Adelold was Odo, Bishop of Bayeaux’s, chamberlain and had lost Eswalt and his other holdings when Odo was imprisoned in 1082. The Crown retained Eswalt until 1088 when William II, known as Rufus(1087-1100) and the recently crowned King of England, gave William de Albini (Albigni) Eswalt as part of a gift of various manors as a reward for his loyalty to the both old and new king. Eswalt remained in the possession of the Albini family until 1097 when Hugo de Albini (Albeneo), the Earl of Albemarle, gave the Manor of Eswalt (Eswala) to the Abbey and Convent of St. Alban’s, Hertfordshire. By 1511 century this manor had become known as “the lordship of Saint Albons Courte”.
“Ralph of Courbepine holds EASOLE (Essewelle) from the Bishop. It answers for 3 sulungs. Land for… In lordship 3 ploughs. 1 villager with 7 smallholders have ½ plough. 1 slave. Value £6. Molleva held it from King Edward”.
Ralph de Curbespine/Courbepine/Curva Spine, also held Danitone (Denton), Ewelle (Ewell), and Colret (Coldred) from Odo, all previously held from King Edward the Confessor by Molleve, also Malleue, a woman and most likely a widow. Although not a common occurrence, women in pre-Conquest England could hold property in their own right as well as inheriting it on the death of their husbands.
De Curbespine’s holding were passed to the Maminot, also Mamignot, family which by inheritance became part of the Barony of Maminot which in turn passed in the late 1100′s to the Barony of de Say, or Saye, on the marriage of Alice, or Lettice, the heiress to the Maminot estates, to Geoffrey de Say. By 1484 Essewelle had become “the manors of Fredeuyle and Beauchamp’ “.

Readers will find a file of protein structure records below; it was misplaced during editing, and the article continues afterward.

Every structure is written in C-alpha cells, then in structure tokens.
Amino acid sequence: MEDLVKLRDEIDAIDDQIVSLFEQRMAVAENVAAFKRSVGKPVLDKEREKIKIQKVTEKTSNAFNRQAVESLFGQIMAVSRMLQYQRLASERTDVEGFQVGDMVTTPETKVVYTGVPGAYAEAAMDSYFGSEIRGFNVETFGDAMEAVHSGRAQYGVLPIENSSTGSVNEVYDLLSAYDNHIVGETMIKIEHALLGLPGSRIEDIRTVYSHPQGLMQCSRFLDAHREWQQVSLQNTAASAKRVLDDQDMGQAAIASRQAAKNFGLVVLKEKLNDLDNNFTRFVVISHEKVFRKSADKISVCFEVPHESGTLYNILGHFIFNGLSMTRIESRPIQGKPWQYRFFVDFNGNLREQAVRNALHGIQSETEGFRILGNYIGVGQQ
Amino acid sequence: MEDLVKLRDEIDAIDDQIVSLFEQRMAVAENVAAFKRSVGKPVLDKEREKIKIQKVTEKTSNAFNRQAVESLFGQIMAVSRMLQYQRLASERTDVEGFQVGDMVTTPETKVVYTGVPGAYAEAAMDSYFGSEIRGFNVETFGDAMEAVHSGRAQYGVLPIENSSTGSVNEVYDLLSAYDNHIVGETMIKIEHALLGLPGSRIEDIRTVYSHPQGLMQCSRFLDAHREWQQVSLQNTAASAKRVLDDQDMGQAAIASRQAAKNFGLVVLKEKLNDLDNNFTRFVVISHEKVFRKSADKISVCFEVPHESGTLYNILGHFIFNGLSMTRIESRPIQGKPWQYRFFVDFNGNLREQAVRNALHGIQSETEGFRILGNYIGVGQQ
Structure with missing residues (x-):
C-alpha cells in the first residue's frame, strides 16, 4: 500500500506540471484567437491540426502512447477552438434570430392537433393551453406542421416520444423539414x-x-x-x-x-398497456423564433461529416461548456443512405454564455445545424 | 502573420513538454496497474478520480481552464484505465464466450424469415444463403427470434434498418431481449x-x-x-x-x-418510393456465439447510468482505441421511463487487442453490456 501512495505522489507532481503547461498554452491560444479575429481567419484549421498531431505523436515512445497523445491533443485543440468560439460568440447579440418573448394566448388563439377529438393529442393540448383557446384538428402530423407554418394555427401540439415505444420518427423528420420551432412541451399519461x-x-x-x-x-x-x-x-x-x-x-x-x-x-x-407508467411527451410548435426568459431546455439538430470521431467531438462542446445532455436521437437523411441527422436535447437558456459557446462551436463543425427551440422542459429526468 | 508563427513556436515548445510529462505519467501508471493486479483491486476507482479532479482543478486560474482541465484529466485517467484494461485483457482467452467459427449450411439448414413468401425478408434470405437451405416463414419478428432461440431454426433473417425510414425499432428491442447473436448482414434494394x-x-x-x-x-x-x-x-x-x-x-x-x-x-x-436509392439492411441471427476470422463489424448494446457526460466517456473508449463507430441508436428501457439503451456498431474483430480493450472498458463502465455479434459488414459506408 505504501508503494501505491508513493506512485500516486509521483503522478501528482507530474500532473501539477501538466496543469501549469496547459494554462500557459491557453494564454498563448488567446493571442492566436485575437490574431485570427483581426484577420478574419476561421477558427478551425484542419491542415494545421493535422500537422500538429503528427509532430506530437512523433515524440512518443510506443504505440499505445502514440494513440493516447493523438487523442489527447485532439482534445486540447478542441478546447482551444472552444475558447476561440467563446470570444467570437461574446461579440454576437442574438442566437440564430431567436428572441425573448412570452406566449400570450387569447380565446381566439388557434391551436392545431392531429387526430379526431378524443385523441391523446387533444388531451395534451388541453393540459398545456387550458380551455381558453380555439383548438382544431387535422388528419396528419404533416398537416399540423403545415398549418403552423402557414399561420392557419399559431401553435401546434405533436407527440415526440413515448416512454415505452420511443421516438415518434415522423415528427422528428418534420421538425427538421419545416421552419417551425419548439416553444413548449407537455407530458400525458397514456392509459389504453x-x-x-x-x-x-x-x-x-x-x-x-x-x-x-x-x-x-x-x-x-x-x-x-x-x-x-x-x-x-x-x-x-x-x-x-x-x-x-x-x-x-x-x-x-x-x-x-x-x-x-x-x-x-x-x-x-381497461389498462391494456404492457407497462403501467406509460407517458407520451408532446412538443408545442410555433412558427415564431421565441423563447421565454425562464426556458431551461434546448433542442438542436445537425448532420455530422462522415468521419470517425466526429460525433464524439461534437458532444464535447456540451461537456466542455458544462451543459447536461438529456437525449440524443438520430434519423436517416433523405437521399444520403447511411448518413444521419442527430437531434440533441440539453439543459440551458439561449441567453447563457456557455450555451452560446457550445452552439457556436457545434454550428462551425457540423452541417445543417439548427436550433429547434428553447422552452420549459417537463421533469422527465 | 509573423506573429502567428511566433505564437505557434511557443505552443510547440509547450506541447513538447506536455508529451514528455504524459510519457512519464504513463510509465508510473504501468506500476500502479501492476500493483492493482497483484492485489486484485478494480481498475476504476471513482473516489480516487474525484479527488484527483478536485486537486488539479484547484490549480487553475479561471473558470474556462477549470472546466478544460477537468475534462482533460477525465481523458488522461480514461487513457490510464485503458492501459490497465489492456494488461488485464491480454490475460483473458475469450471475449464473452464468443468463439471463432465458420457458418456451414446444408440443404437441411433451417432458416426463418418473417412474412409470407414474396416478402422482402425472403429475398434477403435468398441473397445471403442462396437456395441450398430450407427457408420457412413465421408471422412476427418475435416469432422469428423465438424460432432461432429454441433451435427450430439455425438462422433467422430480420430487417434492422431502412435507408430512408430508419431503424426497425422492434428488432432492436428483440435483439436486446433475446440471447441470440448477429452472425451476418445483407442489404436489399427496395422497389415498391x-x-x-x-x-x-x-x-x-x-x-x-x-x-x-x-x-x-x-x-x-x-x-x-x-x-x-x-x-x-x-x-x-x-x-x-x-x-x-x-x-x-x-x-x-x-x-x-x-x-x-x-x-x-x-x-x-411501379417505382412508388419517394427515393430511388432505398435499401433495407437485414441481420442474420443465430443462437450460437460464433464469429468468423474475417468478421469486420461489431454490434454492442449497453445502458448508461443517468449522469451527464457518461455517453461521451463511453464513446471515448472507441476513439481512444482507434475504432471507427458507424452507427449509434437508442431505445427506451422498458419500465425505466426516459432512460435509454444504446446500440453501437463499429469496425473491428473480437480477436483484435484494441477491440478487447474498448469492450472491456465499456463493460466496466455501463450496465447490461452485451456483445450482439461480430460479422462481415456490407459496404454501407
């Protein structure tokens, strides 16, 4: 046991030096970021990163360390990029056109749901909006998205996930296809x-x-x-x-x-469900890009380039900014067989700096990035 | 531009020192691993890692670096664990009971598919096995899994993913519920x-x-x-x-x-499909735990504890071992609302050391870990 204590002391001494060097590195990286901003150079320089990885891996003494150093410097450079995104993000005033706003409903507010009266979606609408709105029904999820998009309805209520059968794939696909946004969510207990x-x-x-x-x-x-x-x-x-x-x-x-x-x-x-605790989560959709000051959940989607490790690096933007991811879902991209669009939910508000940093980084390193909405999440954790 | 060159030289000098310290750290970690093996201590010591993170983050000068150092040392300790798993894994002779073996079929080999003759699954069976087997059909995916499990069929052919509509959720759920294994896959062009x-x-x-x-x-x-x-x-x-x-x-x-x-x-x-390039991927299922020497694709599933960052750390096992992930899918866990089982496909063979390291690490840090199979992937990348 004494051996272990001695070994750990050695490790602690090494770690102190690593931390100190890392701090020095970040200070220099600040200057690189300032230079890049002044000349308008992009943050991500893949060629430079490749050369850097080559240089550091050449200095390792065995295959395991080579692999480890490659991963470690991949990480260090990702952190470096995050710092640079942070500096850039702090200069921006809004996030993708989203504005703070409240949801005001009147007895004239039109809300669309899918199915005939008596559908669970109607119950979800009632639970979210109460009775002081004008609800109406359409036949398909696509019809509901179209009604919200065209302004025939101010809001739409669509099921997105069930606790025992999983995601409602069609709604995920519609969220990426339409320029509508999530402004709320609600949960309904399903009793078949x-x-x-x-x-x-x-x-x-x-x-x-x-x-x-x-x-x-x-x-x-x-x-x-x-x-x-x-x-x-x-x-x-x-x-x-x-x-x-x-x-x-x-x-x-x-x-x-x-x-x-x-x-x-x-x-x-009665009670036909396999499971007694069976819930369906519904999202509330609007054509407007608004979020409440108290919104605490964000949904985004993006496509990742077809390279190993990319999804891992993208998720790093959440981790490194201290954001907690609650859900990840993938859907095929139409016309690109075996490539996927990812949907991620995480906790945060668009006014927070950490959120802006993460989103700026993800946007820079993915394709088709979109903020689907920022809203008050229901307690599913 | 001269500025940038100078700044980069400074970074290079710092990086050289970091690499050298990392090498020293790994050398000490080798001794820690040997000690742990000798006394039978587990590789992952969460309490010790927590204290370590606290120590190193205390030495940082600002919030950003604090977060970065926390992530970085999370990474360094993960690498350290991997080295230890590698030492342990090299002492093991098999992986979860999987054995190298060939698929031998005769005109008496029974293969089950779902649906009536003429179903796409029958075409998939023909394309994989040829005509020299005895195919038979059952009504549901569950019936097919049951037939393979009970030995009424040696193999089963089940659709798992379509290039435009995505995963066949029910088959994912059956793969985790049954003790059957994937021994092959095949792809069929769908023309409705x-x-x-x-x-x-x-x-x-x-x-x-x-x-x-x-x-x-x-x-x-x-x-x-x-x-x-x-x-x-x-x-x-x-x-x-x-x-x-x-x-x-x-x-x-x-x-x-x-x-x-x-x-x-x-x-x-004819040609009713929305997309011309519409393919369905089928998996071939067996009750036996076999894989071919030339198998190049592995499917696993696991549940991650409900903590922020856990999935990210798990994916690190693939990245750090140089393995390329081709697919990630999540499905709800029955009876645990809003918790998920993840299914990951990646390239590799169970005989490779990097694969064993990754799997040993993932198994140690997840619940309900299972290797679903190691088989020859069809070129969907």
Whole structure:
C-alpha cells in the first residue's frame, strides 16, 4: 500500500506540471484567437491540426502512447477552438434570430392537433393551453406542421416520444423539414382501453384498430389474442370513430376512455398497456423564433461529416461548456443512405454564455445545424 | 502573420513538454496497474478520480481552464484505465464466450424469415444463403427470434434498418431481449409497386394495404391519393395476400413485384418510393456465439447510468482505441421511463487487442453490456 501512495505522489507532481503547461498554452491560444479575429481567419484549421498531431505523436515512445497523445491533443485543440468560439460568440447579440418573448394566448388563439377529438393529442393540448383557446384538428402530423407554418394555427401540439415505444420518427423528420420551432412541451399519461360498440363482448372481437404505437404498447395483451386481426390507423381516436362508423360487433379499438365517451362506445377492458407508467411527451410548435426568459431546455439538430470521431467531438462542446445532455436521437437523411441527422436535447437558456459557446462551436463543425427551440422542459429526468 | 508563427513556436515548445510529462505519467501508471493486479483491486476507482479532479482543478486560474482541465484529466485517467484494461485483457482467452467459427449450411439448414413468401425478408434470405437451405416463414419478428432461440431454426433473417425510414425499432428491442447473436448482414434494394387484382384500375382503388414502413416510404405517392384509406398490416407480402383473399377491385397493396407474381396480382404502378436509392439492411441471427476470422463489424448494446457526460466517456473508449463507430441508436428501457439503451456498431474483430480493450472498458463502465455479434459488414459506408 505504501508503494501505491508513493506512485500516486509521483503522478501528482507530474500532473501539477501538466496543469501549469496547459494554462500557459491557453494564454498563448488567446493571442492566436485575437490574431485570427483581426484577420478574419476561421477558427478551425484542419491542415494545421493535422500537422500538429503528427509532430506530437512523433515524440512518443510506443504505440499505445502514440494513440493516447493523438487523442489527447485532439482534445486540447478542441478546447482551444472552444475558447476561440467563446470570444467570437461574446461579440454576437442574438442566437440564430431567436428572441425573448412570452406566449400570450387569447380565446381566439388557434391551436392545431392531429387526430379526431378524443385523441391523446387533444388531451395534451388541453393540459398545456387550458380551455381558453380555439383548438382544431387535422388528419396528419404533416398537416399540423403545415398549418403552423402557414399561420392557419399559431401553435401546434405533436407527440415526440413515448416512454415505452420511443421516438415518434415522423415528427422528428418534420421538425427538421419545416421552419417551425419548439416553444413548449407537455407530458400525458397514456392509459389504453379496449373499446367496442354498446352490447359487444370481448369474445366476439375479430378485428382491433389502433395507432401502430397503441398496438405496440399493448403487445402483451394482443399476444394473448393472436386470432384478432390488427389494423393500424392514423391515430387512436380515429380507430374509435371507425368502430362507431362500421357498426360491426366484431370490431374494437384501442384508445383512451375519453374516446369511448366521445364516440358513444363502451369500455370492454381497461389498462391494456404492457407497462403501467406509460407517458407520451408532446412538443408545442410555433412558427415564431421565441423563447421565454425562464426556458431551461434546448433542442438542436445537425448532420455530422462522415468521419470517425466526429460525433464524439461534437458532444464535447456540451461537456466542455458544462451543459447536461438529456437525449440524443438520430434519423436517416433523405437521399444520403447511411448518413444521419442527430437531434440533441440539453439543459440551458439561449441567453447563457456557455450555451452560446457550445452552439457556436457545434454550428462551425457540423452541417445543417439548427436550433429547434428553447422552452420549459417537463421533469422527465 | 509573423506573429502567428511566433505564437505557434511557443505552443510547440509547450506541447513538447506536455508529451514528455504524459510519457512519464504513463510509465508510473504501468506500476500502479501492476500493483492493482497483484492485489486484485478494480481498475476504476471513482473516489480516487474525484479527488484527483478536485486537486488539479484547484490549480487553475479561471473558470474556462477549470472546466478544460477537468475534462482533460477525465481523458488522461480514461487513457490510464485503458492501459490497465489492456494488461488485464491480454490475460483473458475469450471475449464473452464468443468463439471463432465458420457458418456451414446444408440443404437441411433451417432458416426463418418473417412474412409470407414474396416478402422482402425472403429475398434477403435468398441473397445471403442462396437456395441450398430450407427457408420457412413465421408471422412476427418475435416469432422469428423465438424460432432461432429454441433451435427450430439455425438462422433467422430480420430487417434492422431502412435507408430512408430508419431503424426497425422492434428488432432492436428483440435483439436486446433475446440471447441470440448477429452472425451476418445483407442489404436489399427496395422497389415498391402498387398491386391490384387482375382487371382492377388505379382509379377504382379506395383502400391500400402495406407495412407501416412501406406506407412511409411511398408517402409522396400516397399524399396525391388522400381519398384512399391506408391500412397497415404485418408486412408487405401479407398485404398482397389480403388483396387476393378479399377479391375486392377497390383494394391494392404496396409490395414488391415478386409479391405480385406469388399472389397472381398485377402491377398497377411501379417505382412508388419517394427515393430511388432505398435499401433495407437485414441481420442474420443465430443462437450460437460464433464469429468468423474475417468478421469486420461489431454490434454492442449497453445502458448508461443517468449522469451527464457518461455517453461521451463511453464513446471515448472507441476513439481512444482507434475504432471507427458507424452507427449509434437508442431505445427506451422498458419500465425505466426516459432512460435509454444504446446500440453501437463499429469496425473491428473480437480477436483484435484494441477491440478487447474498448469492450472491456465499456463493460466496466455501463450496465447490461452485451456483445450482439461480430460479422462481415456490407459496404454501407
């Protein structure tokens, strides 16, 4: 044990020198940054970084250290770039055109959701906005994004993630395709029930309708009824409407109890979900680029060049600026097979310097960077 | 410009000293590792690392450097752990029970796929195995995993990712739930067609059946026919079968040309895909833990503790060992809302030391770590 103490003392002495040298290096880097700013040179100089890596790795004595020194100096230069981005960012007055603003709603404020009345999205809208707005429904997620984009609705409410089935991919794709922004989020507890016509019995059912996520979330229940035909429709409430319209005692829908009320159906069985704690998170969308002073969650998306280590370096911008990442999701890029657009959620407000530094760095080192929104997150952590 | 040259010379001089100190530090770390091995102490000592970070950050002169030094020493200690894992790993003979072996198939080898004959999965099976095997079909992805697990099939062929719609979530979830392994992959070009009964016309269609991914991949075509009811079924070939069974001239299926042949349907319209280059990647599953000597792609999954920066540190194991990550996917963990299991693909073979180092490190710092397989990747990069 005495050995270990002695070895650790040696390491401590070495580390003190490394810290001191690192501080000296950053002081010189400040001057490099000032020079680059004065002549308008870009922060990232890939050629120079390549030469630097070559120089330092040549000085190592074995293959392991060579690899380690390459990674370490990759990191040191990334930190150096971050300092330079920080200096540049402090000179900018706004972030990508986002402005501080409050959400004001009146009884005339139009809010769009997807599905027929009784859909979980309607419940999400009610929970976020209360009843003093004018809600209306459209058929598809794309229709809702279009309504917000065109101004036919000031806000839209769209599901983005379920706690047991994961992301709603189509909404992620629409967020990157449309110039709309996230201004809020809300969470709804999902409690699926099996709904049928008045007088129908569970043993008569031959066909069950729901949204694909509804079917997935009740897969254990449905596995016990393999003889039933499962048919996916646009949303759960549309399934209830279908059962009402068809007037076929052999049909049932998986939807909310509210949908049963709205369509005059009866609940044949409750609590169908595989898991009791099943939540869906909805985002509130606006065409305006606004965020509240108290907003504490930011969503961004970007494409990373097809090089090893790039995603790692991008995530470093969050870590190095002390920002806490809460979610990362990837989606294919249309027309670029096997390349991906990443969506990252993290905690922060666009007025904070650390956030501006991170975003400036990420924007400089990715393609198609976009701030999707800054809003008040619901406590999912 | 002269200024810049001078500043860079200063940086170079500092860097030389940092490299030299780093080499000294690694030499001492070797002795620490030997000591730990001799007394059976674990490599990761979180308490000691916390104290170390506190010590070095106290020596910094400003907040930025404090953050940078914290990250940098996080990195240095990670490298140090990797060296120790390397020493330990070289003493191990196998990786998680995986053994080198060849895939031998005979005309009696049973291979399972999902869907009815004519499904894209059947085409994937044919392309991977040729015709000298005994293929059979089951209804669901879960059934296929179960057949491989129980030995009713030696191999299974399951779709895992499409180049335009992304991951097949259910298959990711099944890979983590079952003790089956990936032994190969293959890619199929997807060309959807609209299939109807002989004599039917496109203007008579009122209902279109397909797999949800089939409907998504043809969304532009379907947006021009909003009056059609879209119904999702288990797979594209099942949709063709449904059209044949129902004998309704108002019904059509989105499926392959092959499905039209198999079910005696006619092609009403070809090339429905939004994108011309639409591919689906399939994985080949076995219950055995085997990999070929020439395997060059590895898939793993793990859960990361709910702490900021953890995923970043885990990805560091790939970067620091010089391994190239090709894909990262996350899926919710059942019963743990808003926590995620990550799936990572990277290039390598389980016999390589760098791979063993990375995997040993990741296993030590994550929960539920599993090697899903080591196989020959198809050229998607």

“Ansfrid holds SOLES from the Bishop. It answers for one sulung. Land for…in lordship 2 ploughs, 8 villagers with 1/2 plough. Value before 1066, 100 shillings(£.5.00) ; later 20 shillings(£.1.00) ; now £.6. Aelmer held it from King Edward.”
Soles was confiscated by the Crown when Odo fell from favour and was granted to the Crevequer family and it became part of the Barony of Crevequer, one of the baronies responsible for Castleward at Dover. Soles, now known as Soles Court Farm, has been part of the Fredville estate since its purchase by John Plumptre of Fredville in 1800.
Odo held 184 lordships in Kent, and manors in 12 other counties which gave him an income of £3,000 a year. The Domesday Book showed him to be by far the richest tenant-in-chief in the England. However, Odo quickly became the most hated man in Kent because of his ruthless greed in taking whatever he wanted by force and soon came into direct conflict with Lanfranc, Archbishop of Canterbury. In 1076 Odo was tried on Pennenden Heath, Kent, for defrauding the Crown and Diocese of Canterbury and had to return some of the land holdings he had obtained by illegal means whilst other assets were re-apportioned.